Only in the section on crowding/traffic models is it at all convincing. Here the models do seem to match individual as well as subsequent aggregate behaviour (for example where static traffic will form on motorways). Here, where human behaviour is constrained to extremely simple behaviours and actions, it is credible that a simple model may suffice to capture the consequences of the actors’ interaction. This chapter actually presents some evidence of validation that goes beyond ‘data fitting’ or analogical credibility � evidence that is lacking elsewhere in the book.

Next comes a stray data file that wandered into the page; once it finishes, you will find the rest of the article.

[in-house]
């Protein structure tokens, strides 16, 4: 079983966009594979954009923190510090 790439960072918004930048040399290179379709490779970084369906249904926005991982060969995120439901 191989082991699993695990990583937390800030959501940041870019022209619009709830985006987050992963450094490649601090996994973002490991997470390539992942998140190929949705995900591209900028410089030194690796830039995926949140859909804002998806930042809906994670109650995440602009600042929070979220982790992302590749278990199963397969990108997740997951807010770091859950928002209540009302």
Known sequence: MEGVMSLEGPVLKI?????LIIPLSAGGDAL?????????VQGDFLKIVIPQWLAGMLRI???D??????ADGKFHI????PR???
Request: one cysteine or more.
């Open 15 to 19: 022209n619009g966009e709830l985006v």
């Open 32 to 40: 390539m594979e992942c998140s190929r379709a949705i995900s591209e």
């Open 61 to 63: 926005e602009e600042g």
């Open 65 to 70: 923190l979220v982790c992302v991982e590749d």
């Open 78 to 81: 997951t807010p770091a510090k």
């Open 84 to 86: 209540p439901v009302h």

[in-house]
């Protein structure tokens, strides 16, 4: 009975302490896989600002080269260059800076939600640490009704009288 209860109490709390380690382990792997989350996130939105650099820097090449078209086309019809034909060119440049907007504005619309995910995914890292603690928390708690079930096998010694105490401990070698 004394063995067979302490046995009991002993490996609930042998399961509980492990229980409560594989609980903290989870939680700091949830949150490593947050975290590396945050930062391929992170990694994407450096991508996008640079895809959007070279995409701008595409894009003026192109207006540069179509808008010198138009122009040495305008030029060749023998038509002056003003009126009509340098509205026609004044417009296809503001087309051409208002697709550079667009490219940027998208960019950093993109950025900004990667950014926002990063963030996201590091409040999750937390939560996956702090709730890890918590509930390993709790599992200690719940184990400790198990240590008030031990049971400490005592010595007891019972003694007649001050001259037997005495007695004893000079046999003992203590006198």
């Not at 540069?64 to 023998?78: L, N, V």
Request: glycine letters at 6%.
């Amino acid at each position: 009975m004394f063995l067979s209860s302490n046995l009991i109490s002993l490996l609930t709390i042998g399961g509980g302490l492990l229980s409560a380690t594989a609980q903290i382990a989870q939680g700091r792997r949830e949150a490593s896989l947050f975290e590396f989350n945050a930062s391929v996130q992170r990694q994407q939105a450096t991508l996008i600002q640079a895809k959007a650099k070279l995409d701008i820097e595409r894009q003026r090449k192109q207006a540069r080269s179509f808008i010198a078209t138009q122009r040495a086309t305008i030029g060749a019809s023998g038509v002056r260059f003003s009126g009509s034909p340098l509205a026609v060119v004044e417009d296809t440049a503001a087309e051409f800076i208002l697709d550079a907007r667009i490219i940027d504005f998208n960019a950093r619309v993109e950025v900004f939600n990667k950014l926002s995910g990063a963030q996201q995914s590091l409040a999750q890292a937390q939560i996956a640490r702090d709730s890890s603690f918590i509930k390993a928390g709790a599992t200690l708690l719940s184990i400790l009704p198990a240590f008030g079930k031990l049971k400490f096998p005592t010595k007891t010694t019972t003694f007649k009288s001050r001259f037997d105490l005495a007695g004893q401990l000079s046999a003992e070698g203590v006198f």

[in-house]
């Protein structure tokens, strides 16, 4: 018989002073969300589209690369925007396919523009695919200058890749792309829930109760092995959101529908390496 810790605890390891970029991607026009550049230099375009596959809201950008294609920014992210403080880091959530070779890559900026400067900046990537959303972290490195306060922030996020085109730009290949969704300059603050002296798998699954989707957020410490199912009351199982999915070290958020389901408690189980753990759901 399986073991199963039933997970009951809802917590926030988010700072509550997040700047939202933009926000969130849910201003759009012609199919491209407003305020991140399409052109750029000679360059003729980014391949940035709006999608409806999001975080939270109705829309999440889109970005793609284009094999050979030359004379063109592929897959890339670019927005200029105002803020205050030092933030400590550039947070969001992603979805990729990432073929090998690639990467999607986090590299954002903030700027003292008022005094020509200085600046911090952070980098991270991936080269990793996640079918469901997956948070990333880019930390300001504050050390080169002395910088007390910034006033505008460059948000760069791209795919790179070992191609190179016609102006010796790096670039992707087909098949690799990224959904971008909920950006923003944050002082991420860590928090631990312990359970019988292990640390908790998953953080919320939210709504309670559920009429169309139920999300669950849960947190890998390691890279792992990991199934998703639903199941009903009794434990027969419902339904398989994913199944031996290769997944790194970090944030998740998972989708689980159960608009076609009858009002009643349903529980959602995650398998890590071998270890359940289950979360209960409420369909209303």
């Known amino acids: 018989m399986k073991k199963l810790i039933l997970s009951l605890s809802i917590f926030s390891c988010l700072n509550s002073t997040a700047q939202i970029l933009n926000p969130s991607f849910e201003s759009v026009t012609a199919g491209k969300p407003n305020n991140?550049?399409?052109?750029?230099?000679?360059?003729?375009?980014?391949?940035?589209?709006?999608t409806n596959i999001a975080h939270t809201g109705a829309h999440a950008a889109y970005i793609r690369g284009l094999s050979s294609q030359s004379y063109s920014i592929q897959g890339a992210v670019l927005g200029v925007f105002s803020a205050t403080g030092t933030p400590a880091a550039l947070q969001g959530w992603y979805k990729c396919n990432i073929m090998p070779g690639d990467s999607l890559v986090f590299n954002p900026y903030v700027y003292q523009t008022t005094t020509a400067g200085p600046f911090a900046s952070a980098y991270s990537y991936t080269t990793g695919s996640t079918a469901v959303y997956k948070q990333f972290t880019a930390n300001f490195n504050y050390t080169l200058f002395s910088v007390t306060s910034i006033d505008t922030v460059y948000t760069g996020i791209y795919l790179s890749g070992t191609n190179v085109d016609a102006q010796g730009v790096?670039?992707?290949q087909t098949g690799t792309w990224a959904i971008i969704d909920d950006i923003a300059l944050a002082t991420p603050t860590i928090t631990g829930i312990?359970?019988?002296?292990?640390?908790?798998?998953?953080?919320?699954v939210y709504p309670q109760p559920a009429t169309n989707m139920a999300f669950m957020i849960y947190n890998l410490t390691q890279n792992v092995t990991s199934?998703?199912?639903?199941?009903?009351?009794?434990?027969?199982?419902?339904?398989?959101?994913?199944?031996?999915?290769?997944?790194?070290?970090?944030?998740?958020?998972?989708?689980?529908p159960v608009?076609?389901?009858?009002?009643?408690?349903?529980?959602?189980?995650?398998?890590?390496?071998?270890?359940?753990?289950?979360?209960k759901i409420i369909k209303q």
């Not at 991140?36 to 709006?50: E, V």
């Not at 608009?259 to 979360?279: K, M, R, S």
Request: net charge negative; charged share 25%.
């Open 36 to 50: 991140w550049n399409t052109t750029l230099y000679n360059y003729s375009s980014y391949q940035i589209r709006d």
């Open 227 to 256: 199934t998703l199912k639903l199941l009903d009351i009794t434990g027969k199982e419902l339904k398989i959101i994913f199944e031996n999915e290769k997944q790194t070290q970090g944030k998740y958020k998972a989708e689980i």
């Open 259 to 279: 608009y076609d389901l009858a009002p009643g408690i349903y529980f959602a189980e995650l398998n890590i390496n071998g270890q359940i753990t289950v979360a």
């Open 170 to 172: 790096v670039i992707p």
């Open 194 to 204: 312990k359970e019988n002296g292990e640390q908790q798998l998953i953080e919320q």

If sociophysics makes the same mistake of lack of relevance that economics did, it will be similarly unsuccessful at illuminating social phenomena. Physics-type models may be impressive in terms of their formal content and analysis, but vague social interpretations are insufficient to ensure that they are about social phenomena. Assumptions and modelling styles that physicists use will tend to exacerbate this problem if they are not adapted to the different demands of social phenomena. The result could be yet another retreat away from the target phenomena into the exploration of the formal properties of models � the ‘inward turn’ that has occurred in many fields where empirical and/or practical success has not materialised (e.g. AI or Economics).